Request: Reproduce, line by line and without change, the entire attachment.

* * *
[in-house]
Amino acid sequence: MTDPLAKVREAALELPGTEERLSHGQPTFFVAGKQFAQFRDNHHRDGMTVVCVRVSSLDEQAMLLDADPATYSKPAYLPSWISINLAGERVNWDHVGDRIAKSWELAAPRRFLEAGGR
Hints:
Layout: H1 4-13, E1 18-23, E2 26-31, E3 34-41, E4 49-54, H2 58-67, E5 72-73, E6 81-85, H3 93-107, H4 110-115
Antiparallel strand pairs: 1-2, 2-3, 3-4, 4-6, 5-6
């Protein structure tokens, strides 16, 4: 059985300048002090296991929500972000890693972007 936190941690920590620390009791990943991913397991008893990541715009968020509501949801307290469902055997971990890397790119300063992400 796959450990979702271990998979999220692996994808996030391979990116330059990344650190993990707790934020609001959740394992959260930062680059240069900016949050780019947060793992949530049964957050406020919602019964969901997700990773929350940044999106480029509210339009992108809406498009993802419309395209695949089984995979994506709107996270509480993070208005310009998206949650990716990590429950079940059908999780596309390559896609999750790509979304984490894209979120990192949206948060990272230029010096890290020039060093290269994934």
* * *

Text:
[in-house]
Amino acid sequence: MTDPLAKVREAALELPGTEERLSHGQPTFFVAGKQFAQFRDNHHRDGMTVVCVRVSSLDEQAMLLDADPATYSKPAYLPSWISINLAGERVNWDHVGDRIAKSWELAAPRRFLEAGGR
Hints:
Layout: H1 4-13, E1 18-23, E2 26-31, E3 34-41, E4 49-54, H2 58-67, E5 72-73, E6 81-85, H3 93-107, H4 110-115
Antiparallel strand pairs: 1-2, 2-3, 3-4, 4-6, 5-6
């Protein structure tokens, strides 16, 4: 059985300048002090296991929500972000890693972007 936190941690920590620390009791990943991913397991008893990541715009968020509501949801307290469902055997971990890397790119300063992400 796959450990979702271990998979999220692996994808996030391979990116330059990344650190993990707790934020609001959740394992959260930062680059240069900016949050780019947060793992949530049964957050406020919602019964969901997700990773929350940044999106480029509210339009992108809406498009993802419309395209695949089984995979994506709107996270509480993070208005310009998206949650990716990590429950079940059908999780596309390559896609999750790509979304984490894209979120990192949206948060990272230029010096890290020039060093290269994934």